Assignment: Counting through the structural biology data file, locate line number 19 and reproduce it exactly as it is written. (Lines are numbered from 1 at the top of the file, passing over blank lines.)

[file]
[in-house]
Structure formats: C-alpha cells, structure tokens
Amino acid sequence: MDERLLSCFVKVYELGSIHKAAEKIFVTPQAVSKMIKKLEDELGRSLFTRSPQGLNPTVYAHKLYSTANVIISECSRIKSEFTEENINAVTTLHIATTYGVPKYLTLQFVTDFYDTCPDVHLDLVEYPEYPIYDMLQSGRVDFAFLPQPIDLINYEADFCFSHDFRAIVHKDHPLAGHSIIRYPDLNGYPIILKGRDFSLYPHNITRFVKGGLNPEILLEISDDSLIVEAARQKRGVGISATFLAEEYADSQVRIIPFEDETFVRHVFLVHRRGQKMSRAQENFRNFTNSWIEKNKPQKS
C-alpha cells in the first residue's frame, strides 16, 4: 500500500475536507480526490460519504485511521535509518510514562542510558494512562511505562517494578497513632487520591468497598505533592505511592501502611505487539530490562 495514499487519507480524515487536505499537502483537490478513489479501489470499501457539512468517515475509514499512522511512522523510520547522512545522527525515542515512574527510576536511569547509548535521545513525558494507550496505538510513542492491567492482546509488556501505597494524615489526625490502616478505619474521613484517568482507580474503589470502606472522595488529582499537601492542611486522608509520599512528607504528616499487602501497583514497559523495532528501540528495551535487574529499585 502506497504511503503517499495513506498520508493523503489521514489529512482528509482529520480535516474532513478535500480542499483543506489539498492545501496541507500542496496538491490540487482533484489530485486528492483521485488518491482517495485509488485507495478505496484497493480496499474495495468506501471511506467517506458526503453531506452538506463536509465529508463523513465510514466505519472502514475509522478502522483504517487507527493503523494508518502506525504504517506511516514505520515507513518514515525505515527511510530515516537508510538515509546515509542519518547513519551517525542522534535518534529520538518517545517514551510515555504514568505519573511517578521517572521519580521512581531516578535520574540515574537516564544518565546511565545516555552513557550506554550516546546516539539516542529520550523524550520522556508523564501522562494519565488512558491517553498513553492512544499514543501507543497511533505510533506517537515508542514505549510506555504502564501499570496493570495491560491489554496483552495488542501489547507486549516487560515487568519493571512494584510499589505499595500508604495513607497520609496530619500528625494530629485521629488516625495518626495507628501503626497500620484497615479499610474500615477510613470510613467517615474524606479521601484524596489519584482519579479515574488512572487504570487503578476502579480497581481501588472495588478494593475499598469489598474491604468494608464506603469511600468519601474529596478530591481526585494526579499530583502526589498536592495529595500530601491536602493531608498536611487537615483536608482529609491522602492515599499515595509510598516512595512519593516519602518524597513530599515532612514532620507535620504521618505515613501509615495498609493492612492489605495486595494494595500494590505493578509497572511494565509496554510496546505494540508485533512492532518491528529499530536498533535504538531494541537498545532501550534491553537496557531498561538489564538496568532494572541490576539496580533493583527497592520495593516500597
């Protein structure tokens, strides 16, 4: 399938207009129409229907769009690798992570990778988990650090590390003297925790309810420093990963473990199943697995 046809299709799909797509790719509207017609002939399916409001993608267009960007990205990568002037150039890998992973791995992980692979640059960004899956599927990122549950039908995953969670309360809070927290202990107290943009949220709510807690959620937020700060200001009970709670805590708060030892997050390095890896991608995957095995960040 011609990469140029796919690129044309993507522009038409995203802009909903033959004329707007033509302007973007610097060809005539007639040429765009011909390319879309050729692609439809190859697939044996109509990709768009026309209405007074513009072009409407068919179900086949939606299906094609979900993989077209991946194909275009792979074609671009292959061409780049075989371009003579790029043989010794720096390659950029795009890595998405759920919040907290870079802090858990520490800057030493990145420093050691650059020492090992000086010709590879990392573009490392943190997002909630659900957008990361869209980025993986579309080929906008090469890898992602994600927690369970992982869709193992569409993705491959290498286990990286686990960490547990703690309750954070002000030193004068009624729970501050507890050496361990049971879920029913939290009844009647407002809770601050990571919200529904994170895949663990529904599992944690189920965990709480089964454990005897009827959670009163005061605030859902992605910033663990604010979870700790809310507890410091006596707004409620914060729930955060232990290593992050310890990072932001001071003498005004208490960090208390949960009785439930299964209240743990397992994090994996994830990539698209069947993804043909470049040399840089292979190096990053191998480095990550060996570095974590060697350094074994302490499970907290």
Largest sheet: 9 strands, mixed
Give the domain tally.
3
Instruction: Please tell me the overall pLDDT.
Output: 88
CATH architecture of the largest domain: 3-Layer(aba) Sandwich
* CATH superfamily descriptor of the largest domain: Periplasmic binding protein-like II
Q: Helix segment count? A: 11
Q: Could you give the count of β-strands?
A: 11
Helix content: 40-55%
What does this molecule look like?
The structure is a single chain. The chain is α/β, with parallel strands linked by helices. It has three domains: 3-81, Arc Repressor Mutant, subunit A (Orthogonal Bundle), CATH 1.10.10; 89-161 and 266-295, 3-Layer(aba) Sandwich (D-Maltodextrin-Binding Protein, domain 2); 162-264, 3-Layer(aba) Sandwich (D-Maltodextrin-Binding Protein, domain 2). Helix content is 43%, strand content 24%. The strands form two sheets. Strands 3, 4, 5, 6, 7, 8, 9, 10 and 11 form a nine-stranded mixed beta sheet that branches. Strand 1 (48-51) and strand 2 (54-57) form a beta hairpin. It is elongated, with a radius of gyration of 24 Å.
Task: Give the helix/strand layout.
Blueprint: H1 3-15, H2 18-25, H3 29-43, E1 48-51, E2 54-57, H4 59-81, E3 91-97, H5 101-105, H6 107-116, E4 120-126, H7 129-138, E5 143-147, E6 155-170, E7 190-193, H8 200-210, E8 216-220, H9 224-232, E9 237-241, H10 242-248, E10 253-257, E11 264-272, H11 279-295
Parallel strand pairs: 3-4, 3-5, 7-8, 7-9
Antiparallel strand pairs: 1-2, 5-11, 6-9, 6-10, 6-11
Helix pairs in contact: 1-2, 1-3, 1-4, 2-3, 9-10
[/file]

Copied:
Task: Give the helix/strand layout.